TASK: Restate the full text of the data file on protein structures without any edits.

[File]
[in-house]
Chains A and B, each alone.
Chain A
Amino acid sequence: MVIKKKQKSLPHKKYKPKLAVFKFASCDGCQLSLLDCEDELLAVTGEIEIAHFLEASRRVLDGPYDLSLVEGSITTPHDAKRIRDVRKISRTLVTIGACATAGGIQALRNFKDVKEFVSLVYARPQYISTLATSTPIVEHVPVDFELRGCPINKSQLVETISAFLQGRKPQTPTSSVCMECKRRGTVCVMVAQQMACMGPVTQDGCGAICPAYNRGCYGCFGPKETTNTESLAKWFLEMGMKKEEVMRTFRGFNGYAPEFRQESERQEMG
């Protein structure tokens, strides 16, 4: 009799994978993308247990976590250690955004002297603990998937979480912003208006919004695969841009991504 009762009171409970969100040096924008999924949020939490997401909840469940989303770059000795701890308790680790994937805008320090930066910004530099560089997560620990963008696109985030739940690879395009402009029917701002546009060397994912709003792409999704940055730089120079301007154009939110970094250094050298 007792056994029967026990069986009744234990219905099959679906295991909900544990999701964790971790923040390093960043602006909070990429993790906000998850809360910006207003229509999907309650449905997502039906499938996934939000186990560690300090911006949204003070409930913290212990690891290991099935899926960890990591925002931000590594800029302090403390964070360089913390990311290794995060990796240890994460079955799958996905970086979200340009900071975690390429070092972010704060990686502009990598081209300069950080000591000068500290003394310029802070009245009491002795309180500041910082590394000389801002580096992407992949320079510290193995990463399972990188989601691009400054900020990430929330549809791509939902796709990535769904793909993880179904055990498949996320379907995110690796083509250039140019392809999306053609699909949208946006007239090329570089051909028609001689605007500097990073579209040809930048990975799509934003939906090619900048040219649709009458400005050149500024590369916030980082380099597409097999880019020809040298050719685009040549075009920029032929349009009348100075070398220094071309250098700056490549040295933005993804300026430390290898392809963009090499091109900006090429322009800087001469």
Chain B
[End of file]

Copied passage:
[in-house]
Chains A and B, each alone.
Chain A
Amino acid sequence: MVIKKKQKSLPHKKYKPKLAVFKFASCDGCQLSLLDCEDELLAVTGEIEIAHFLEASRRVLDGPYDLSLVEGSITTPHDAKRIRDVRKISRTLVTIGACATAGGIQALRNFKDVKEFVSLVYARPQYISTLATSTPIVEHVPVDFELRGCPINKSQLVETISAFLQGRKPQTPTSSVCMECKRRGTVCVMVAQQMACMGPVTQDGCGAICPAYNRGCYGCFGPKETTNTESLAKWFLEMGMKKEEVMRTFRGFNGYAPEFRQESERQEMG
């Protein structure tokens, strides 16, 4: 009799994978993308247990976590250690955004002297603990998937979480912003208006919004695969841009991504 009762009171409970969100040096924008999924949020939490997401909840469940989303770059000795701890308790680790994937805008320090930066910004530099560089997560620990963008696109985030739940690879395009402009029917701002546009060397994912709003792409999704940055730089120079301007154009939110970094250094050298 007792056994029967026990069986009744234990219905099959679906295991909900544990999701964790971790923040390093960043602006909070990429993790906000998850809360910006207003229509999907309650449905997502039906499938996934939000186990560690300090911006949204003070409930913290212990690891290991099935899926960890990591925002931000590594800029302090403390964070360089913390990311290794995060990796240890994460079955799958996905970086979200340009900071975690390429070092972010704060990686502009990598081209300069950080000591000068500290003394310029802070009245009491002795309180500041910082590394000389801002580096992407992949320079510290193995990463399972990188989601691009400054900020990430929330549809791509939902796709990535769904793909993880179904055990498949996320379907995110690796083509250039140019392809999306053609699909949208946006007239090329570089051909028609001689605007500097990073579209040809930048990975799509934003939906090619900048040219649709009458400005050149500024590369916030980082380099597409097999880019020809040298050719685009040549075009920029032929349009009348100075070398220094071309250098700056490549040295933005993804300026430390290898392809963009090499091109900006090429322009800087001469």
Chain B